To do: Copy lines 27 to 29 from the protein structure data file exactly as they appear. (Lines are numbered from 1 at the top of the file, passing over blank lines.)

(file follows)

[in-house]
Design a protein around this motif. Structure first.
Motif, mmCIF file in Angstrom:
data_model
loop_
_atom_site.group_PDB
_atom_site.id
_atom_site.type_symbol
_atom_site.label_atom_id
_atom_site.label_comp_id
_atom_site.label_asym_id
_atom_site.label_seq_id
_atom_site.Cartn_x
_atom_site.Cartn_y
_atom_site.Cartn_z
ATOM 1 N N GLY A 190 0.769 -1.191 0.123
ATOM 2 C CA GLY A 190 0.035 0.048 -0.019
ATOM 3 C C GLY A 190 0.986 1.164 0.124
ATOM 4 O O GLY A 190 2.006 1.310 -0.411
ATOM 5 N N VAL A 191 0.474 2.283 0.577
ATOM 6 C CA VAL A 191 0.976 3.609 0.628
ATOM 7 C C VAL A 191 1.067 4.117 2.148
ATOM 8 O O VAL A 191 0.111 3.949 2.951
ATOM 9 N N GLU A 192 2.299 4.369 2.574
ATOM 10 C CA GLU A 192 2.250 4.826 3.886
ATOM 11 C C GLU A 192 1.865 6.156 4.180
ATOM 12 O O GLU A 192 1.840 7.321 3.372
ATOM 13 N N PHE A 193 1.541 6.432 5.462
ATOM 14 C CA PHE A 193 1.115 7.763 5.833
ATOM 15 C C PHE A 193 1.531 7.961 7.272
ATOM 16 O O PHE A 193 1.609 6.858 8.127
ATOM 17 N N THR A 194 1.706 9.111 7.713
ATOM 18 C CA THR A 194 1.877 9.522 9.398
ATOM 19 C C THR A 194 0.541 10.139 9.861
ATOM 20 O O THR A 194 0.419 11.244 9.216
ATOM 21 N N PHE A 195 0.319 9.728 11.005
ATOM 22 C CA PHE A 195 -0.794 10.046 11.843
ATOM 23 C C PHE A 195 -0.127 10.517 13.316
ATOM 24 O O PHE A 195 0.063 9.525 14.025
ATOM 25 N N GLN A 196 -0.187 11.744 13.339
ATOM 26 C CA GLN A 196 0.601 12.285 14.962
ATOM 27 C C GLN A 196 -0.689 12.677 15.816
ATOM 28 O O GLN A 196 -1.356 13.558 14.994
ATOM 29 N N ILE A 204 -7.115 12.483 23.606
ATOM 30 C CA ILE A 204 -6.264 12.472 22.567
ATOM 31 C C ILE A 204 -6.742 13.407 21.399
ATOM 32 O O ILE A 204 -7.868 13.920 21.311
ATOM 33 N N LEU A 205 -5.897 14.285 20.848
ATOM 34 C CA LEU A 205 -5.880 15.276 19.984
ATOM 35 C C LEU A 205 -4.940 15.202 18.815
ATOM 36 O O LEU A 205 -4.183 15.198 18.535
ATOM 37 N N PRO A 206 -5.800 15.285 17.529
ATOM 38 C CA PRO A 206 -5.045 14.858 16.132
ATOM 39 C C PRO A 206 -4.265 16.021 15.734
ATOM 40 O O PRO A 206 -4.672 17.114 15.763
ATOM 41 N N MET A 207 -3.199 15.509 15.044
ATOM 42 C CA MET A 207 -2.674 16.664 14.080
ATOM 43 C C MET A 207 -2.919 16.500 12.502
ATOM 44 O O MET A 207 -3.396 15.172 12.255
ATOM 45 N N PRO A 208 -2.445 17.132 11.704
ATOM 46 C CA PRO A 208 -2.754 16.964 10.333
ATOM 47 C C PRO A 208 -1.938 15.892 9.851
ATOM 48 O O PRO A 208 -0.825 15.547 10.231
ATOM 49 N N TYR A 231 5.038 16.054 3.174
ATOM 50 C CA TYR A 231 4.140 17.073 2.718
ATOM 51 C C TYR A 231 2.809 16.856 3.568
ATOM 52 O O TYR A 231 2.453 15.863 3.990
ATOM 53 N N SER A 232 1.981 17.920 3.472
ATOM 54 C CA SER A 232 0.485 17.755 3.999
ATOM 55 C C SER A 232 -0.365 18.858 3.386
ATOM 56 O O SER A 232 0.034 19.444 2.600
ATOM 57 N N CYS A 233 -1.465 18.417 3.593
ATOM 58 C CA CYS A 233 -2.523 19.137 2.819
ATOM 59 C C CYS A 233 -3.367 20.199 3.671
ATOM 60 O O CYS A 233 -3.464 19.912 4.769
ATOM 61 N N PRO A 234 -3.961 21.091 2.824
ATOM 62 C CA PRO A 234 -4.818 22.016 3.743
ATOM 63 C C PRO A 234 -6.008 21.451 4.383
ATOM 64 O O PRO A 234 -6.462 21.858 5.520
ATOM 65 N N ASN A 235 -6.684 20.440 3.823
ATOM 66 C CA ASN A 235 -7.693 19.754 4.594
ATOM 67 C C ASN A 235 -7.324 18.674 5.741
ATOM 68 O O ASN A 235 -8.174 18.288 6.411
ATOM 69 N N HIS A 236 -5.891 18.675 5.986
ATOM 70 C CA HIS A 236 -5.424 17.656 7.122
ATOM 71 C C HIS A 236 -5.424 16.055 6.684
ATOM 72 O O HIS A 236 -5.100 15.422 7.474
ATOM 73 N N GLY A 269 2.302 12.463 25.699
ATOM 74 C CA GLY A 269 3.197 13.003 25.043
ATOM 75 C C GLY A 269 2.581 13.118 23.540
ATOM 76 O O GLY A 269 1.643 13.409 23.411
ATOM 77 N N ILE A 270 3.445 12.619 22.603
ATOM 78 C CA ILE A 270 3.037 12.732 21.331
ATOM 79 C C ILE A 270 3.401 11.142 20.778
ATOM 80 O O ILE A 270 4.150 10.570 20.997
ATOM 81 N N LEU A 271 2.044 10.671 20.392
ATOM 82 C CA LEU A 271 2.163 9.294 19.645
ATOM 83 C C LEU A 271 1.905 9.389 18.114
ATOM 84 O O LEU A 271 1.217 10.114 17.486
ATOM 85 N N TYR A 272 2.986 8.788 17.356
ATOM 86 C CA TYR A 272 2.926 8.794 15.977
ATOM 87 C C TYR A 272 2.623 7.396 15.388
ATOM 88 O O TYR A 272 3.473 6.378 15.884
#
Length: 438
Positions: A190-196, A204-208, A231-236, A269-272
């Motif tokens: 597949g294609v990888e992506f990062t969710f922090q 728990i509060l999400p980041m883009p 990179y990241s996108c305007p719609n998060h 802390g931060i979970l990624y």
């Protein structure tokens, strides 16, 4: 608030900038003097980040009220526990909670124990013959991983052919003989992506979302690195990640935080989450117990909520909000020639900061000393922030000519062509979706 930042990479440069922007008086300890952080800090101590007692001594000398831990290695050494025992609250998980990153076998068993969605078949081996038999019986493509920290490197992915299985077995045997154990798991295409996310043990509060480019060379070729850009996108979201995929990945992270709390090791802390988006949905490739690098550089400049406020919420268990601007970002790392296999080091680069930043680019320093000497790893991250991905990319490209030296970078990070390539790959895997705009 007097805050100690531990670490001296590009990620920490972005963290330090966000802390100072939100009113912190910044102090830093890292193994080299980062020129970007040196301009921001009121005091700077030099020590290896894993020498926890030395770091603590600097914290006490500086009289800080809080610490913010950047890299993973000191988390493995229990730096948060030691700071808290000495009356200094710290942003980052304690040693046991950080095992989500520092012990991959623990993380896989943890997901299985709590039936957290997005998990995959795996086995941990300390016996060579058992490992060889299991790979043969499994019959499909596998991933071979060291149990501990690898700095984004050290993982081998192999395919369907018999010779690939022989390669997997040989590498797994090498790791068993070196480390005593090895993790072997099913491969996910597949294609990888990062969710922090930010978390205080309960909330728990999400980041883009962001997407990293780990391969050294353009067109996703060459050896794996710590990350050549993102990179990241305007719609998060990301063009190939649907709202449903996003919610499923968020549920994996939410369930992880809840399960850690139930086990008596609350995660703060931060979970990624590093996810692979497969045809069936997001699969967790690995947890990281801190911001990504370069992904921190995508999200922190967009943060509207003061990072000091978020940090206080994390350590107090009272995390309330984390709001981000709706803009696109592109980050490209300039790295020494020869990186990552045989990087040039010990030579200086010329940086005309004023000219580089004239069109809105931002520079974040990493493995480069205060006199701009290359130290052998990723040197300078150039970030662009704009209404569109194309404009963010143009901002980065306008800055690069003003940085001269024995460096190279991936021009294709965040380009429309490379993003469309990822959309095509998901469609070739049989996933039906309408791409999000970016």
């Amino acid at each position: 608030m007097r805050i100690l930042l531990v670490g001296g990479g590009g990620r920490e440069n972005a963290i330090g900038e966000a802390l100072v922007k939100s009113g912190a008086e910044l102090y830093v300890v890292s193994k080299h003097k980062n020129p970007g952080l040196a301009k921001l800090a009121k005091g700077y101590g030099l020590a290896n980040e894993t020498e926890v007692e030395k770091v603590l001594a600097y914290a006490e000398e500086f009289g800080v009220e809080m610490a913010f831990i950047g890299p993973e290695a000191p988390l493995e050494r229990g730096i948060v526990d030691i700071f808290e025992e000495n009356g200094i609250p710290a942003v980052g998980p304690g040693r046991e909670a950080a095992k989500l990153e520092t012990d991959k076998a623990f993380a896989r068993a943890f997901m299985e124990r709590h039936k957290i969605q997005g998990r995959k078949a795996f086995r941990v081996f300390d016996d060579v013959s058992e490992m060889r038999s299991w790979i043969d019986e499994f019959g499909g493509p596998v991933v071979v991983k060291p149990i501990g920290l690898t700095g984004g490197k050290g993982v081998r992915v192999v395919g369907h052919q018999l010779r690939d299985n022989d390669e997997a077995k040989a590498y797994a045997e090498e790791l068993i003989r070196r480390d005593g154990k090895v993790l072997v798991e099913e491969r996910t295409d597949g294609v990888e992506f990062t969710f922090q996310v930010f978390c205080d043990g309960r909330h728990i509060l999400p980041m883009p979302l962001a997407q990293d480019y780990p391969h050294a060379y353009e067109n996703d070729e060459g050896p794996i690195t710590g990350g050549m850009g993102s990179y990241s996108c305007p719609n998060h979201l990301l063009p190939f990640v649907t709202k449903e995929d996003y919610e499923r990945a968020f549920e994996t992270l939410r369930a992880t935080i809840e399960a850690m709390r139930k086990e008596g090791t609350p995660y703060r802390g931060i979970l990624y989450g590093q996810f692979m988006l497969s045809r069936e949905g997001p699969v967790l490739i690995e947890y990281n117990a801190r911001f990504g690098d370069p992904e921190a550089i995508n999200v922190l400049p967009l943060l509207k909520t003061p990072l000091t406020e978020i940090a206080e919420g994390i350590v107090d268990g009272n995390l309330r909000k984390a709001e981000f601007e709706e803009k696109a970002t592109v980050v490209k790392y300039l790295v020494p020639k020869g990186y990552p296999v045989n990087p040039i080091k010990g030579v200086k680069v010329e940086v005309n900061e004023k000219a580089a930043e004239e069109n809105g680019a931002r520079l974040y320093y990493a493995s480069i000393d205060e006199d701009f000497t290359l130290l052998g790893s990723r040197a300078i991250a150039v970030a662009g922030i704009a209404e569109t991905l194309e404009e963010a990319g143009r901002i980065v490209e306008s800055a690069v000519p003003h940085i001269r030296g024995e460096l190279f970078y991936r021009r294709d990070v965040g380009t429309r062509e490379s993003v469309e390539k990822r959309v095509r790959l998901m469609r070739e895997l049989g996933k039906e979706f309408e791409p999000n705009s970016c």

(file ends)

ATOM 12 O O GLU A 192 1.840 7.321 3.372
ATOM 13 N N PHE A 193 1.541 6.432 5.462
ATOM 14 C CA PHE A 193 1.115 7.763 5.833